Women Home Buyers: Challenging The Homeownership Gender Gap

Author: Miranda Crace

Gone are the days of almost always needing a partner to buy a home. Single women now increasingly have the ability and the desire to buy homes on their own. These changes have largely been driven by an increase of women in the workforce along with new career opportunities and financial independence for women.

Single women are buying up more property than single men but tend to get the shorter end of the stick with the return on their investment. So, what gives? Let’s explore the various facets of the homeownership gender gap, why it may be occurring and the steps we can take to close it.

Single Women Own More Homes Than Single Men But Get Lower Returns

The 2023 Home Buyers and Sellers Generational Trends Report from the National Association of REALTORS® says that single women make up 17% of home buyers, with single men accounting for only 9% of buyers. However, a Yale study released in 2020 found that single women paid around 2% more for homes and sold for 2% less.

While 2% may not seem like that much, it’s significant when you consider the cost of a mortgage. Single women were losing $1,600 per year on average compared to a single man in a comparable house. The researchers noted that the gap size depended on how long they lived in the home, with the gap decreasing the longer they stayed.

A caveat to the 2% trend was that the discrepancy shrank when single women bought from and sold to other women.

The Intersectionality Of Housing Discrimination

Although this article focuses primarily on women’s experiences in homeownership, it would be neglectful to ignore the intersectionality of housing discrimination throughout U.S. history. A variety of laws and practices have made it more difficult for people of color, people with disabilities, and the LGBTQ+ community to enter and profit from homeownership.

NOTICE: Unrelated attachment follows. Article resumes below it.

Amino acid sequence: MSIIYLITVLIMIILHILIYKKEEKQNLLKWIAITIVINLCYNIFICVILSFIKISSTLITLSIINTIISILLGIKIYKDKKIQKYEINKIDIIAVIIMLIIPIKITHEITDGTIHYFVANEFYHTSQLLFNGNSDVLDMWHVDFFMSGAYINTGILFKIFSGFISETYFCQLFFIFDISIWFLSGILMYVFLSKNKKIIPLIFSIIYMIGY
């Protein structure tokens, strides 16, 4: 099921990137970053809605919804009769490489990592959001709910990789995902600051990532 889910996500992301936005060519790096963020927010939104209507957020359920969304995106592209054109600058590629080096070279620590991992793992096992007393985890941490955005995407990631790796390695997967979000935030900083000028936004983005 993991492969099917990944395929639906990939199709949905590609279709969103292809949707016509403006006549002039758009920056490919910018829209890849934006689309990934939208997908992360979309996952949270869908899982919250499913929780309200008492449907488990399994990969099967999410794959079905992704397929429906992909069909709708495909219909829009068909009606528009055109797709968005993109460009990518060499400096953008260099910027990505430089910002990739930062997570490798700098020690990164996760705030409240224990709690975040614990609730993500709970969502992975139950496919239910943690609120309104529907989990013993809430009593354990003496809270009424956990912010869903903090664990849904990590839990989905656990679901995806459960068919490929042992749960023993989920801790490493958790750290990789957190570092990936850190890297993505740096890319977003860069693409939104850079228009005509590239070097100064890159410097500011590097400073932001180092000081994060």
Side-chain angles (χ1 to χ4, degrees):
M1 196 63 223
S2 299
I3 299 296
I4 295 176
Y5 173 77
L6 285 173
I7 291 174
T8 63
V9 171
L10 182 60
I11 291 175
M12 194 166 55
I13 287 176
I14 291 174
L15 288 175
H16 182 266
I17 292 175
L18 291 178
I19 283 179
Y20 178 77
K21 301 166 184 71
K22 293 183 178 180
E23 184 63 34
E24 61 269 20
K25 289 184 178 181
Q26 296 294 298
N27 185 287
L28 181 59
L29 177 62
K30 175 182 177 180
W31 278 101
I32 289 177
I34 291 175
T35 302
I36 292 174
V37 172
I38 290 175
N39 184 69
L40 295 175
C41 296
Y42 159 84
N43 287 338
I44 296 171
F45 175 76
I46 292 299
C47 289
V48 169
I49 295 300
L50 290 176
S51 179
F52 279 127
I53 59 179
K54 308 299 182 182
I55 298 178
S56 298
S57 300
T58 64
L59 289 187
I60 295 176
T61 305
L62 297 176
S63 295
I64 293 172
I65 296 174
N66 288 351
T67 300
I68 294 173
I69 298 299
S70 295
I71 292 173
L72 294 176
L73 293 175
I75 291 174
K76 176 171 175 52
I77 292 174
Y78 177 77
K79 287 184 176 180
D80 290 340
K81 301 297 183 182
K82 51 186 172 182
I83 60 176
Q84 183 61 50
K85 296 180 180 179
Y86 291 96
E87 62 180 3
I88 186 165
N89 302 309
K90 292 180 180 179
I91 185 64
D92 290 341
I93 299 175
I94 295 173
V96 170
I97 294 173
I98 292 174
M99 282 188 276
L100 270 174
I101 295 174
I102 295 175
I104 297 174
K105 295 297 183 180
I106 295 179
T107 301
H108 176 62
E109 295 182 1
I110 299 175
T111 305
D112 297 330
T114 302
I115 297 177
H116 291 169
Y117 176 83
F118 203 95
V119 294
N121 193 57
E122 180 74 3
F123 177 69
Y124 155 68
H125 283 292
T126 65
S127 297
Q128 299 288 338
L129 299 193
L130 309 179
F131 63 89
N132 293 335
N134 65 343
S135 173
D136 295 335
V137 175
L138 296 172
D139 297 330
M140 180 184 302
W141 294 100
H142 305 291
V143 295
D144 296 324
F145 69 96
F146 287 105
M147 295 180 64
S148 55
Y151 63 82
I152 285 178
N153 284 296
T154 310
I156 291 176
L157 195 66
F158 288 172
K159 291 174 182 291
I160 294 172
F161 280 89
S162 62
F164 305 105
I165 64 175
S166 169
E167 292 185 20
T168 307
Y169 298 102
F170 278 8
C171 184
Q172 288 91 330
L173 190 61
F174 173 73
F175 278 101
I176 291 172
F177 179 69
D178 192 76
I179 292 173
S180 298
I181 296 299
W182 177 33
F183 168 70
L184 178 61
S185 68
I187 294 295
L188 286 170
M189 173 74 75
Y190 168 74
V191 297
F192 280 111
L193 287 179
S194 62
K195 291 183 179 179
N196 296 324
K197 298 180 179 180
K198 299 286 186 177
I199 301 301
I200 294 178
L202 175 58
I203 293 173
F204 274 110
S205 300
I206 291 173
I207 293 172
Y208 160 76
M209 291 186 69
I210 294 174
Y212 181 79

The history is deep and complex, and we’ll just barely scratch the surface, but we encourage you to learn more.

Female Homeownership Trends Throughout History

study from the Journal of Economic Perspectives showed that single women have exceeded single men in homeownership since at least as far back as 1985. Let’s take a closer look at how different factors affect the data around homeownership for both men and women.

Single Homeowners With No Children

In the mid-1980s, about 42% of single men with no children were homeowners, compared to 53.6% of women with no children. In 2015, approximately 52.6% of single women with no children owned a home, compared to 46.2% of comparable men. When adding children to the mix, these numbers start to shift in favor of single men.

Homeowners With Children

The 2015 data shows that married couples garner higher rates of homeownership, with or without kids. Couples with kids came in at 70.8%, and those without children were at 82.5%. For single women with children, homeownership in 2015 hovered near 32.8% versus 45.6% among single men with children. These numbers may show that single parents need more support to achieve their financial goals.